A band out of place, if not entirely out of time, Orange County, CA's Morgion trod a relatively lonely funeral march into the cobwebbed mausoleums of death/doom metal during their protracted yet oft-interrupted career. Over the course of 15-odd years beginning in 1990, the group toured sporadically at best and managed a measly two-and-a-half albums' worth of material before going their separate ways; ultimately bequeathing only shadowy, scattered remnants of their frequently inspired musical legacy to a small group of enlightened metal fans. But Relapse Records' 2008 anthology, The Morgion Collection, will hopefully remedy this somewhat with its timely remastering and re-introduction of the band's 1997 mini-album, Among Majestic Ruin, its full-length successor, 1999's Solinari, and a handful of previously unreleased tracks, demos, and outtakes. Disc one of this double set opens, wisely enough, with Morgion's practically inarguable creative peak via the Solinari album, whereupon their tectonic mega-riffs were deliberately thrust like broken hilltops over a glacial, barren landscape of Lovecraft-ian atmospheric synthesizers, and topped with the roiling thunderclouds of Jeremy Peto's growling vocals and ghostly baritones. The very definition of majesty in decay, awesome creations like "The Serpentine Scrolls," "Nightfall Infernal," and "All the Loss" still compare with the best funeral death/doom ever conjured, and the similarly impressive songwriting revealed by the previously unheard tracks, "Mundane" and "Symphonie der Gravens" (recorded around the same time for the never released Oceans Without Shores EP — along with an extended version of "Canticle") are bound to ensure the satisfaction of old fans who already owned the original albums. By comparison, the band's aforementioned first record, Among Majestic Ruin, which kicks off disc two, sounds surprisingly lush — although the incremental keyboard backdrops framing colossally dismal excursions like of (get a load of these titles!) "Relic of a Darkened Past," "In Ashen Tears (Thus I Cry)," and "Basking Under a Blacksun Dawning," hardly sound any more uplifting. Maybe in another, far darker and more sinister dimension of existence. On this disc, the coveted extras comprise three demos and one rehearsal recording, of which the abandoned instrumental, "Phoenix Moons," will surely take precedence in the eyes of the faithful. And so, the only thing keeping The Morgion Collection from fulfilling its retrospective mission to absolute perfection is the absence of any material from the band's final, 2004 album, Cloaked by Ages, Crowned in Earth. But since said album was recorded after the exit of main man, Jeremy Peto, and frankly failed to replicate the lofty standards of yore, this is a debatable point, and certainly shouldn't dissuade devoted doom enthusiasts from taking a chance on this worthy two-disc compendium.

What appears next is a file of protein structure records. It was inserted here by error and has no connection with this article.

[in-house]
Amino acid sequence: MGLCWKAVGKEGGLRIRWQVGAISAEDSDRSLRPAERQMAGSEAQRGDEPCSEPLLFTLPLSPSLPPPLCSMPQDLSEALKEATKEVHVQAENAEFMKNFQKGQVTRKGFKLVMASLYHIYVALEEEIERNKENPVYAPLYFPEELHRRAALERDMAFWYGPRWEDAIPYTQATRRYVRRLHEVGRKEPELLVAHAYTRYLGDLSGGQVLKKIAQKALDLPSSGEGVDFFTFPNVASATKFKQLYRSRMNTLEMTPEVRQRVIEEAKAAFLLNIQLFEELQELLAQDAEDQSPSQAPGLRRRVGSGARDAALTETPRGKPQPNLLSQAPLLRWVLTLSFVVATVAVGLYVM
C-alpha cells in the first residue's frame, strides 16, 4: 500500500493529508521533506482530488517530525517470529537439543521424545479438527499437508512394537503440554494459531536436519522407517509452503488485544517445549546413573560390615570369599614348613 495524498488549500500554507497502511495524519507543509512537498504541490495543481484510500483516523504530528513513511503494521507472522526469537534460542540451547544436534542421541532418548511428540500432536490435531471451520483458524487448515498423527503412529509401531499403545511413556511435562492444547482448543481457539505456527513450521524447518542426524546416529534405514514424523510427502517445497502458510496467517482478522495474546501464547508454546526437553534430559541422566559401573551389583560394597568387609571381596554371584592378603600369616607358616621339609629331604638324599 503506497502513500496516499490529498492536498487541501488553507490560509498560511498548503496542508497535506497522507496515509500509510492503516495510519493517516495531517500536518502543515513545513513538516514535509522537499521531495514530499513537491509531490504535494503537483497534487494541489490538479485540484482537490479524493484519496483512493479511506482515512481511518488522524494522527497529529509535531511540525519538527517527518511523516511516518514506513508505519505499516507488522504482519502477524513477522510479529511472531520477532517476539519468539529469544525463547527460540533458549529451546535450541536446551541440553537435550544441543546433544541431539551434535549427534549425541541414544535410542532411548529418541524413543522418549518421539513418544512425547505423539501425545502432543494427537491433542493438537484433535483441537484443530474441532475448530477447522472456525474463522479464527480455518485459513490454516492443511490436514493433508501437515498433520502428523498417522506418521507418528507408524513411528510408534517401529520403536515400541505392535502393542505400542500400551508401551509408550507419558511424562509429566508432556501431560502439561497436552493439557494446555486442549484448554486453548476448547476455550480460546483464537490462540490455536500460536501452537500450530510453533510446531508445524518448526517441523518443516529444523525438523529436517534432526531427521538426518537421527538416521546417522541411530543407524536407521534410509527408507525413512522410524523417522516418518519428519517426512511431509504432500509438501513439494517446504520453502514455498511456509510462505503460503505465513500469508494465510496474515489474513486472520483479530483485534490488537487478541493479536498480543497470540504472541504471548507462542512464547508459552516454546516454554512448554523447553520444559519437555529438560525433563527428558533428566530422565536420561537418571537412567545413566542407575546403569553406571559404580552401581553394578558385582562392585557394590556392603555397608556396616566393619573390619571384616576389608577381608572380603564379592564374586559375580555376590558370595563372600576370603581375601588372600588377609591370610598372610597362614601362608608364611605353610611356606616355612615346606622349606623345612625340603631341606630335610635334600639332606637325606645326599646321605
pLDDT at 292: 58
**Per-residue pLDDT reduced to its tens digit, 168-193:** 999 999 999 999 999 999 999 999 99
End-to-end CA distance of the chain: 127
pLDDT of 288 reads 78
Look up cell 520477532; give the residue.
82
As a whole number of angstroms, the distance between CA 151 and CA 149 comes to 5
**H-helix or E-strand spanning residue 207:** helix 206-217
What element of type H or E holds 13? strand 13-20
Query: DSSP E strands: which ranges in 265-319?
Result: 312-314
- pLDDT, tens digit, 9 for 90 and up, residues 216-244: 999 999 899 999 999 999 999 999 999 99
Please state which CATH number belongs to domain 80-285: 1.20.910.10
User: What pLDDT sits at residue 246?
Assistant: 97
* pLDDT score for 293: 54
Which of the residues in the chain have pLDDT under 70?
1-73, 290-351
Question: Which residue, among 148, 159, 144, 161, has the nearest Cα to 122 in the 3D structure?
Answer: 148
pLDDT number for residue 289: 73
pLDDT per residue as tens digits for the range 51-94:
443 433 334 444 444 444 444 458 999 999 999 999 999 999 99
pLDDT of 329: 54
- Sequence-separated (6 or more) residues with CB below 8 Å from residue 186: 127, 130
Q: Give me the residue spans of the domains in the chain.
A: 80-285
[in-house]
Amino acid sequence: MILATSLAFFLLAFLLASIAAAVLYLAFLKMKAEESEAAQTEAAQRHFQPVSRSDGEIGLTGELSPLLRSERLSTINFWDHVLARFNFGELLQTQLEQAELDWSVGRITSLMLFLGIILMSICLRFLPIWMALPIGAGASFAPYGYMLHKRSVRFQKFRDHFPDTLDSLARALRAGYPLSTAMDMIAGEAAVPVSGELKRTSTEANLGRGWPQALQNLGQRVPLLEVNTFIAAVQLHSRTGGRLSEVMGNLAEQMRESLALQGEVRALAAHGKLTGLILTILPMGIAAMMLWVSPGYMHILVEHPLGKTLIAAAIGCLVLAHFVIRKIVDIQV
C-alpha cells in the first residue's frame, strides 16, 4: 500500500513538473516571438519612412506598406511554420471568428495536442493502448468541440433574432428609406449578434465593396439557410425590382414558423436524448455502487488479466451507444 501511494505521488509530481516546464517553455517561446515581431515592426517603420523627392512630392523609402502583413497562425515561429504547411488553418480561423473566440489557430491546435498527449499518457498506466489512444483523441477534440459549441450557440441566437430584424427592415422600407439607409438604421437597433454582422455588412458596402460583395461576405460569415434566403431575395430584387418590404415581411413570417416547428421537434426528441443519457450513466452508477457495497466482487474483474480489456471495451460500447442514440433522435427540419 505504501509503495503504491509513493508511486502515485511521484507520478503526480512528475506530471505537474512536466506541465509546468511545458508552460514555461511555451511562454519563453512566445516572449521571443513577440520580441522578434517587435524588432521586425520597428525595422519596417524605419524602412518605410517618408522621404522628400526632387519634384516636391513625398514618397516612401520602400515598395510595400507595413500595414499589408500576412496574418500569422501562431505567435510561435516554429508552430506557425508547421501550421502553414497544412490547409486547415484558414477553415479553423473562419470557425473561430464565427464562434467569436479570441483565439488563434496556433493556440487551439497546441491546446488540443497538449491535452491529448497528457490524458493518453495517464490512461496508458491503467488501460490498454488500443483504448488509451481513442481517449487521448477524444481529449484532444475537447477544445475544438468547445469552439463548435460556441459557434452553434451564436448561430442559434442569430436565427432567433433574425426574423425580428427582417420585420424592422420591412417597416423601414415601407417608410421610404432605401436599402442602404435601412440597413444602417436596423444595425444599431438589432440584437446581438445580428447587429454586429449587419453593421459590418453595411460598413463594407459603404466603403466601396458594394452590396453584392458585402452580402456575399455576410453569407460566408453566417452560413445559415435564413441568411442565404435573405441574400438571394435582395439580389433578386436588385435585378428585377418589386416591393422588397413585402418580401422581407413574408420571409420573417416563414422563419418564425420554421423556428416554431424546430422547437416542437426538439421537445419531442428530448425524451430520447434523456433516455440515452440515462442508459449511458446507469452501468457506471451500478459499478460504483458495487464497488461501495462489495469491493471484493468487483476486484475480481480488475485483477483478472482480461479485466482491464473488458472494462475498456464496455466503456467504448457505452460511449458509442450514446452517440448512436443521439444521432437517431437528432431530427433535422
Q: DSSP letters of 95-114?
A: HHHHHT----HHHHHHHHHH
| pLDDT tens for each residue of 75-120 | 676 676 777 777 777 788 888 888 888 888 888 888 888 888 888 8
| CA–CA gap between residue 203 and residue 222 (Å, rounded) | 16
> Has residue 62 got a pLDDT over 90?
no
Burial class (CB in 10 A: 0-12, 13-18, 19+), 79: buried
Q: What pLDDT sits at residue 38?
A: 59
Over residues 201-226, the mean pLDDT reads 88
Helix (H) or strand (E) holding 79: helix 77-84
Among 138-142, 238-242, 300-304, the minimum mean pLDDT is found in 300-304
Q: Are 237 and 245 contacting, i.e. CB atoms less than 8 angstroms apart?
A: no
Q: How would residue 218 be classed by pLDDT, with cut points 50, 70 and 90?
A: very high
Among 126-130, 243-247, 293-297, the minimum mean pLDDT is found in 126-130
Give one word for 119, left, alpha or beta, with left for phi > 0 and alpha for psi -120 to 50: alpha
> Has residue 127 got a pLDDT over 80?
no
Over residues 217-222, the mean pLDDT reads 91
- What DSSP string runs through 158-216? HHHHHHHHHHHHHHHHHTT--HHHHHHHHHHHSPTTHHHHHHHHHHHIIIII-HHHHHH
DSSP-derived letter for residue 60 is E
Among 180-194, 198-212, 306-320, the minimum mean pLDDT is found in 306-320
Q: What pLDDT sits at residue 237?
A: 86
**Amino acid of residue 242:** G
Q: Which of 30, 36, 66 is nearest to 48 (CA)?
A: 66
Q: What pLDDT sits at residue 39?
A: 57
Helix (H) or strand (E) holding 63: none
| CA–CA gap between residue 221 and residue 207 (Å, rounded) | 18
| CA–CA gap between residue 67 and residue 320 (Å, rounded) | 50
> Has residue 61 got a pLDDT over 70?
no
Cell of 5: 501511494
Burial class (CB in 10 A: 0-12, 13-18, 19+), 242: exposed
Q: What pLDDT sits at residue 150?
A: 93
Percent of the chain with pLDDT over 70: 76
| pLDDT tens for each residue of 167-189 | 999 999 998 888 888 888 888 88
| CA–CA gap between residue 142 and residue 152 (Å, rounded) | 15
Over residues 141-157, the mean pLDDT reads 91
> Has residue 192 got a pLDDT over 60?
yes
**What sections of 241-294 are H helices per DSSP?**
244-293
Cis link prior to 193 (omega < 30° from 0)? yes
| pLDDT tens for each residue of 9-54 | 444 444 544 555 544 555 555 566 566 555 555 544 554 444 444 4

Years Active: '90s, '00s
One of America's most underrated entries into the doom/death metal arena, Orange County, CA's Morgion were formed in 1990 by Jeremy Peto (vocals/bass), Dwayne Boardman (guitars/vocals), and Rhett Davis (drums). The Rabid Decay demo and a 7" single called "Travesty" appeared in 1992 and 1993, respectively, but it wasn't until four years later that the band -- by then rounded out by guitarist Bobby Thomas and Ed Parker on keyboards -- managed to score a record deal with Relapse Records, and released... Full bio